There has been a watershed moment for public opinion towards Indie games: the release of Journey. On paper, a game which grants the player no capacity to attack, a limited capacity to jump and fly, and the ability to make a ‘cute’ but largely unhelpful chiming noise hardly sounds like a game at all. Yet as you play, familiar gaming tropes start to manifest themselves: altars become akin to checkpoints and, most strikingly, the distant mountain peak is essentially one great big objective marker. It is this duality – between the most comfortingly familiar, simplistic game format, and something so dynamically and artistically striking that it hardly feels like it ought to be called a game at all – that makes Journey so uniquely powerful, and illustrates what Indie games can do best.
Mainstream, or AAA, games carry with them the weight of a billion dollar budget and a 1000 people strong production team, but are as constrained as they are aided by this corporate might. There is very little room in this environment for the individual voice, especially if that voice proposes something which doesn’t sound immediately commercially successful. It is perhaps for this reason that new ideas from AAA developers have become pretty uncommon: the established formulas of the Assassin’s Creed and Call of Duty franchises still make money, so why fix something that ain’t broken?
The few new IPs that do come out stick anxiously close to the formulas of their predecessors: Watch Dogs used the same parkour and map trope that had become so familiar to players of Assassin’s Creed, whilst dumping the player in a world described as “a poor man’s San Andreas”; equally, Bloodborne adapts the artistic style and brutal gameplay that has become so familiar to players of Dark Souls and Demon Souls, even bringing back the same walls of fog.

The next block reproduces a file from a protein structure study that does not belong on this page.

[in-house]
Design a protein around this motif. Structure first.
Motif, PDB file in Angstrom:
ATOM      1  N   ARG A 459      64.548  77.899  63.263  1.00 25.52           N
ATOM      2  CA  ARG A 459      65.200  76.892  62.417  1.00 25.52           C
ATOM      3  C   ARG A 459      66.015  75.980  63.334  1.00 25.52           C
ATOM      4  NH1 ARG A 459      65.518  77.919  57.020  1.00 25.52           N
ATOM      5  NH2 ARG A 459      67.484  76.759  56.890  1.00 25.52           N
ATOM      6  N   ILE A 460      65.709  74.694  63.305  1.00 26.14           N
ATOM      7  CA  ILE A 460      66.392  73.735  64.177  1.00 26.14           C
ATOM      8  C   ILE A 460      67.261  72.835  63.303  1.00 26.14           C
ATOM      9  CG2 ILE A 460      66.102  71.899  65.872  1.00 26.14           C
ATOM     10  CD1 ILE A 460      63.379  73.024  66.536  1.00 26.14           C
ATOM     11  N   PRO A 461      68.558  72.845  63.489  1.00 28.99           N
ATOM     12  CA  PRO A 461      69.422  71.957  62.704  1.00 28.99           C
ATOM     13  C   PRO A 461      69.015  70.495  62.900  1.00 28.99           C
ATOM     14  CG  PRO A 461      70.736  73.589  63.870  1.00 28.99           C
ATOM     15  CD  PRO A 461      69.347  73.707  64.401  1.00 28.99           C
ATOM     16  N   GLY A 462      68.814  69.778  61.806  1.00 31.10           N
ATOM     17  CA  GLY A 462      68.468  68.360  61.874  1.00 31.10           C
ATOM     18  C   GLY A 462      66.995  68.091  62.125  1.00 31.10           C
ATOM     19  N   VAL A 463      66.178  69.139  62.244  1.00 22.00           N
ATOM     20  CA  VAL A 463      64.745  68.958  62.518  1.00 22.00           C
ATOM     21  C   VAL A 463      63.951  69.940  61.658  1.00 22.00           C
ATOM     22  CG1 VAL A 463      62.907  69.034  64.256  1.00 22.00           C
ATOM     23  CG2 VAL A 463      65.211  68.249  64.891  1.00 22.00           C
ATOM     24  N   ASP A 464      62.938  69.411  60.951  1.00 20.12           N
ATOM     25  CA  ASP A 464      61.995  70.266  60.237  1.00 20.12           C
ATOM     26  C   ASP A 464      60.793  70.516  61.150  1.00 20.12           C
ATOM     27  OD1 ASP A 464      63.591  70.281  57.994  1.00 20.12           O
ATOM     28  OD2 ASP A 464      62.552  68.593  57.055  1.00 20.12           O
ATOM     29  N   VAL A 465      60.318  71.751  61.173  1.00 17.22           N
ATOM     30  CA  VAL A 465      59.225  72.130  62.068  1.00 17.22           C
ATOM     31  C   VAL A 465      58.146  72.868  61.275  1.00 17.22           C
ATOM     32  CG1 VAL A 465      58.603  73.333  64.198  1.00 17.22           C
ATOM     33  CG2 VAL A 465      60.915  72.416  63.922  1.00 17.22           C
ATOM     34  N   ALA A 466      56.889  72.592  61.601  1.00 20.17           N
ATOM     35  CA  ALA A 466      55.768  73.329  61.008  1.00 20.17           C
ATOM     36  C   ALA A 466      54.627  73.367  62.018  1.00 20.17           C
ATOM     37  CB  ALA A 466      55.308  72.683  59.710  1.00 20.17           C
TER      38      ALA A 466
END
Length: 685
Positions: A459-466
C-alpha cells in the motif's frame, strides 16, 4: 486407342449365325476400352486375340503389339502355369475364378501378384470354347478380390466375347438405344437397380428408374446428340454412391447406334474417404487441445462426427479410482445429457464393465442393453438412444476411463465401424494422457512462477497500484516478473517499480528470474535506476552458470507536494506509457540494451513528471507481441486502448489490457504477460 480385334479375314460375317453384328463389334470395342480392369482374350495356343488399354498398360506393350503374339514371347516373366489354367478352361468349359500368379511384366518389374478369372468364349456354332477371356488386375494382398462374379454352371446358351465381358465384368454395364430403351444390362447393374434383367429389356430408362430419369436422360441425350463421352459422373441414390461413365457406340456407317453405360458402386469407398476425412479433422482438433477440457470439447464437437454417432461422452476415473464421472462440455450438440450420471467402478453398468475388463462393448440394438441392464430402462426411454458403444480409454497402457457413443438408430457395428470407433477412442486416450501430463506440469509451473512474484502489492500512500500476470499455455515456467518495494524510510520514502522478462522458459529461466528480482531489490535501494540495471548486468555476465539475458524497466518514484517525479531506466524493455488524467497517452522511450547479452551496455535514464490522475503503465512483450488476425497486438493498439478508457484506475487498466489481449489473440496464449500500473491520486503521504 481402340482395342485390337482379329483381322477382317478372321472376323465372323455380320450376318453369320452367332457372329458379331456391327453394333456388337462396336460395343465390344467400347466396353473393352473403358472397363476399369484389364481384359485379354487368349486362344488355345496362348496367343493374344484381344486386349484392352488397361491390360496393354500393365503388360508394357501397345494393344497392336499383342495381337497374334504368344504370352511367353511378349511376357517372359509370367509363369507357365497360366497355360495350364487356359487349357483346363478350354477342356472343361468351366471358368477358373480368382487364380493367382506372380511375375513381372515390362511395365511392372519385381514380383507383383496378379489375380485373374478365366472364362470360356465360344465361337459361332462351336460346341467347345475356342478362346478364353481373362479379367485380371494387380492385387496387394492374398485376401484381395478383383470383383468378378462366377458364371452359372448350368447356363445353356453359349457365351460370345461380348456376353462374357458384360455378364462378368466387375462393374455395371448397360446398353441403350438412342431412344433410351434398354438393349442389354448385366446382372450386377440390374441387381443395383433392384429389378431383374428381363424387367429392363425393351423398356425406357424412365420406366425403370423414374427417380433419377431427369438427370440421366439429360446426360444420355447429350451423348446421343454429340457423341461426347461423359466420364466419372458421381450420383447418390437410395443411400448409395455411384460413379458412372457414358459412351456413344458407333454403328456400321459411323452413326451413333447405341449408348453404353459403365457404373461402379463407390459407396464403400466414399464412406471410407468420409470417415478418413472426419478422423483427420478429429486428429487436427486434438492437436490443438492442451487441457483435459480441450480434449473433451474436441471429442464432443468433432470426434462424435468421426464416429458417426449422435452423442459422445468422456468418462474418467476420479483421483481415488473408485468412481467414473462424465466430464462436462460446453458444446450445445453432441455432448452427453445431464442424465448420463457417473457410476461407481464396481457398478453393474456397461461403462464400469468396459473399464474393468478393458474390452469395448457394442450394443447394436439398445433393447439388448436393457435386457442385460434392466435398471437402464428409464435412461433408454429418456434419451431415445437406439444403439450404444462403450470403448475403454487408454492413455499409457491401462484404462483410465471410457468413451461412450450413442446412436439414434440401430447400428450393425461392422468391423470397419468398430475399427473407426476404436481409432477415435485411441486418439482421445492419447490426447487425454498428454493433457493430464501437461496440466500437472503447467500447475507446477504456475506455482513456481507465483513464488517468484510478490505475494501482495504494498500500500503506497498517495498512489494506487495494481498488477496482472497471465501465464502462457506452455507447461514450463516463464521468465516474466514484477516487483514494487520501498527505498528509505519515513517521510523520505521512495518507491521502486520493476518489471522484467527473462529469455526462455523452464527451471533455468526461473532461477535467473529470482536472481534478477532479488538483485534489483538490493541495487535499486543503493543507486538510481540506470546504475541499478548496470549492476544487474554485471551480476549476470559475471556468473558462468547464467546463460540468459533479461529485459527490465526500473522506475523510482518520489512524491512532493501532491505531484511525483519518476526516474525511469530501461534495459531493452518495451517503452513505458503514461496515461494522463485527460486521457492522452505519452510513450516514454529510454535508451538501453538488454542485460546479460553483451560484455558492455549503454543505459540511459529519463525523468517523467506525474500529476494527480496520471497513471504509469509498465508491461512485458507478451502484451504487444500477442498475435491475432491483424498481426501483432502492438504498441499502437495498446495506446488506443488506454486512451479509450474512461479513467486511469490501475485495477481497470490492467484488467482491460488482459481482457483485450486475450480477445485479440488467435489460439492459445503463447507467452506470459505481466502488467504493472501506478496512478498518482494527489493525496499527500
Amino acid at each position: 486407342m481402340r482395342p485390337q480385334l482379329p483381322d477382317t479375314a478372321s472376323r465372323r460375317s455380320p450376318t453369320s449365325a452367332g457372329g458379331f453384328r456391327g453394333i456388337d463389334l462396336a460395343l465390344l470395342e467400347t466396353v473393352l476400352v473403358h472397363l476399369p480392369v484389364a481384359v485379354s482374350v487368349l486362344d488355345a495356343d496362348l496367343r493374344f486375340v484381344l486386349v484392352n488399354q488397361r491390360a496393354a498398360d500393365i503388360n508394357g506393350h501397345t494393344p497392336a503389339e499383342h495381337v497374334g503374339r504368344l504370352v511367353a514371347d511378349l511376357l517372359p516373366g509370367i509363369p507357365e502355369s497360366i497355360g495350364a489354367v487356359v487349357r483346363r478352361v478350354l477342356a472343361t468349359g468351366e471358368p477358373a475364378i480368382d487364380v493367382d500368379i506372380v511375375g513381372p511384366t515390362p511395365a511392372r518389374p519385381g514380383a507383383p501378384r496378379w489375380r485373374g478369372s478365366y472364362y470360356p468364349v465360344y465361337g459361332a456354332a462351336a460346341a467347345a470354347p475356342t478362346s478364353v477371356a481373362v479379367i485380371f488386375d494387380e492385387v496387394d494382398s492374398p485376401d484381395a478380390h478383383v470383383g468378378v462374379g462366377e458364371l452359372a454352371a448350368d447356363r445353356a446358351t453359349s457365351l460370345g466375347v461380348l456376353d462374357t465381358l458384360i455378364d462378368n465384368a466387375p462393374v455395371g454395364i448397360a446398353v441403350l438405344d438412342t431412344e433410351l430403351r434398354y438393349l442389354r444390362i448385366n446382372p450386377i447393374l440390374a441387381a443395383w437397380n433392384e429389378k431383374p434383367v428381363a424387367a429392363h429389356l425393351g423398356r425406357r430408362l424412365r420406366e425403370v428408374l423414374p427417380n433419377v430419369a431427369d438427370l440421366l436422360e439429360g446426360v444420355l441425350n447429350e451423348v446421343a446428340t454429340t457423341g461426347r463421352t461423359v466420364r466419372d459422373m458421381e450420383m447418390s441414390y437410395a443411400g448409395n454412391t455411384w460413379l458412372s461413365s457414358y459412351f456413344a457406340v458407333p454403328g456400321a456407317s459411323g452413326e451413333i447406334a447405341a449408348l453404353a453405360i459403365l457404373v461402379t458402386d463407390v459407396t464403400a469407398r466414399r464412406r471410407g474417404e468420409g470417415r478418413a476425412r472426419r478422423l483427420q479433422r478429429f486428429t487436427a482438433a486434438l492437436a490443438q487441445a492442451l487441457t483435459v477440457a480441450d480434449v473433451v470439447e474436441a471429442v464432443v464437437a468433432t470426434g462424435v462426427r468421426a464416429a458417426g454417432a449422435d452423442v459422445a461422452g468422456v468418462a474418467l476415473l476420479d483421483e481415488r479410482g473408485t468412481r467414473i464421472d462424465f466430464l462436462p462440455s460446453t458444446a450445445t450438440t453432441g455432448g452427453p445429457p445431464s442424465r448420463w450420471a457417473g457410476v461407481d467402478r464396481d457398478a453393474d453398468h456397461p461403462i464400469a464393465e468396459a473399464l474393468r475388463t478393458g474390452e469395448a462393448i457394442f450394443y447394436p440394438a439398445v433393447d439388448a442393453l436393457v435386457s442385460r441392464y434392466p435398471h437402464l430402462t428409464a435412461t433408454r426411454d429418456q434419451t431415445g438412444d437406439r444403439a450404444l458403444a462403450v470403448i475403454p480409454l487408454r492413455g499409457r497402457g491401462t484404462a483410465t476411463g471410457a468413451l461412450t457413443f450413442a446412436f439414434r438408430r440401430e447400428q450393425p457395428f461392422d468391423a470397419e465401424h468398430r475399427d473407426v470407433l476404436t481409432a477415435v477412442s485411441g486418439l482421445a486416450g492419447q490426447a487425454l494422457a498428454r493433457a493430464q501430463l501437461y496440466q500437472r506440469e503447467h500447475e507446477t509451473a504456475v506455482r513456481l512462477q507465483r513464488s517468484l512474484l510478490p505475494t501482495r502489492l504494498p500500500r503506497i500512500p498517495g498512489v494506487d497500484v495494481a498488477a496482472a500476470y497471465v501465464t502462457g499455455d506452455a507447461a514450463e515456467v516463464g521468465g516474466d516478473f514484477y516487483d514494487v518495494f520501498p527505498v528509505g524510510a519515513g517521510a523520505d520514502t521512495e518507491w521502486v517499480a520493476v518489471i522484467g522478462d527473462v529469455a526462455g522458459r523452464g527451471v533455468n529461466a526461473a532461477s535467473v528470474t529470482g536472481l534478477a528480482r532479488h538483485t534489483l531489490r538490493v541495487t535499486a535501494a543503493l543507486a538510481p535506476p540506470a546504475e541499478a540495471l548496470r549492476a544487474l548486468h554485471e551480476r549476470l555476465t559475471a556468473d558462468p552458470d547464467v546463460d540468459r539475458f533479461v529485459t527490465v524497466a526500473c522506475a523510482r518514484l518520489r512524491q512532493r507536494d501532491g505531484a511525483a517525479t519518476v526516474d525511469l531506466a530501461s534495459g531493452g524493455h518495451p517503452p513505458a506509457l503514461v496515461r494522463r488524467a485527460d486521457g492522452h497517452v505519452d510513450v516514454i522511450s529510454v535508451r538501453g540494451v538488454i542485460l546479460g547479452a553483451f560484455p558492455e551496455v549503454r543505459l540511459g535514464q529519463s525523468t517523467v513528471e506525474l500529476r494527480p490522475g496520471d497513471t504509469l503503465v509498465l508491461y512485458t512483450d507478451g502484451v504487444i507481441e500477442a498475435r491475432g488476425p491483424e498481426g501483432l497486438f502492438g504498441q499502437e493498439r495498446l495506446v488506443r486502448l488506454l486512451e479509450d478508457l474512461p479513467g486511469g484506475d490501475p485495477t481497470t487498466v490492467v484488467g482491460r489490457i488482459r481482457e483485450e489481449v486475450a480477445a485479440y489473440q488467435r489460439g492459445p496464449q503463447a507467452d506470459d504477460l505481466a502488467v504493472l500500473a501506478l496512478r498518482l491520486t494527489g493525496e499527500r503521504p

In an industry where AAA budgets have grown so large that failure simply isn’t an option and “play it safe” seems like the collective motto of all the big game companies, Indie games are finding an increasingly sizeable niche, illustrated by their growing presence on consoles. Indie games have traditionally enjoyed a greater exposure on PCs thanks to systems such as Steam’s Greenlight, yet Sony in particular have gone to a huge effort to make their console seem Indie-friendly, even offering to fund any Indie developer who wanted to have a booth at the Tokyo Game Show.
From a cynical perspective, that consoles are going to such lengths to appeal to Indie developers is an acknowledgement of just how much money there is in the Indie game industry. Yet when I look ahead to the Indie games being released this year – No Man’s Sky, WiLD, The Witness – they all seem to possess a certain, good ol’ fashioned gaming magic that I just don’t see when I look at the majority of the AAA line up. As long as AAA games remain so prosaic and Indie games continue to be so darn innovative, they will continue to gain space and influence in the industry which, for me, can only be a good thing.